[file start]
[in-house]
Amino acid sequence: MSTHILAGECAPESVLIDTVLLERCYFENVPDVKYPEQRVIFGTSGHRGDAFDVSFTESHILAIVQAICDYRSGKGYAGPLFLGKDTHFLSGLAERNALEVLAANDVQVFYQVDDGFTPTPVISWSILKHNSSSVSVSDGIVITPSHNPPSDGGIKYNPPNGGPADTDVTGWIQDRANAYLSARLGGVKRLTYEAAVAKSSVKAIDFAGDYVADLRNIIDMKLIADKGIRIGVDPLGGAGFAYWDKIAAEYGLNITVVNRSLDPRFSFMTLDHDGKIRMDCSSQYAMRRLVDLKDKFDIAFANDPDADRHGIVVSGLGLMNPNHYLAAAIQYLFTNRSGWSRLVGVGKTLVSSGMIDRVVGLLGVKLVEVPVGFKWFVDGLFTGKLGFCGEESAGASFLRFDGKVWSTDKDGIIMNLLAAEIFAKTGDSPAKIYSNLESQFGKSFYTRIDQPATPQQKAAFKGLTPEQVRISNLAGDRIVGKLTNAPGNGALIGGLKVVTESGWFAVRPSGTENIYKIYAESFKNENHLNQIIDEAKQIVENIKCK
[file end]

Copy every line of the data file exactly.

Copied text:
[in-house]
Amino acid sequence: MSTHILAGECAPESVLIDTVLLERCYFENVPDVKYPEQRVIFGTSGHRGDAFDVSFTESHILAIVQAICDYRSGKGYAGPLFLGKDTHFLSGLAERNALEVLAANDVQVFYQVDDGFTPTPVISWSILKHNSSSVSVSDGIVITPSHNPPSDGGIKYNPPNGGPADTDVTGWIQDRANAYLSARLGGVKRLTYEAAVAKSSVKAIDFAGDYVADLRNIIDMKLIADKGIRIGVDPLGGAGFAYWDKIAAEYGLNITVVNRSLDPRFSFMTLDHDGKIRMDCSSQYAMRRLVDLKDKFDIAFANDPDADRHGIVVSGLGLMNPNHYLAAAIQYLFTNRSGWSRLVGVGKTLVSSGMIDRVVGLLGVKLVEVPVGFKWFVDGLFTGKLGFCGEESAGASFLRFDGKVWSTDKDGIIMNLLAAEIFAKTGDSPAKIYSNLESQFGKSFYTRIDQPATPQQKAAFKGLTPEQVRISNLAGDRIVGKLTNAPGNGALIGGLKVVTESGWFAVRPSGTENIYKIYAESFKNENHLNQIIDEAKQIVENIKCK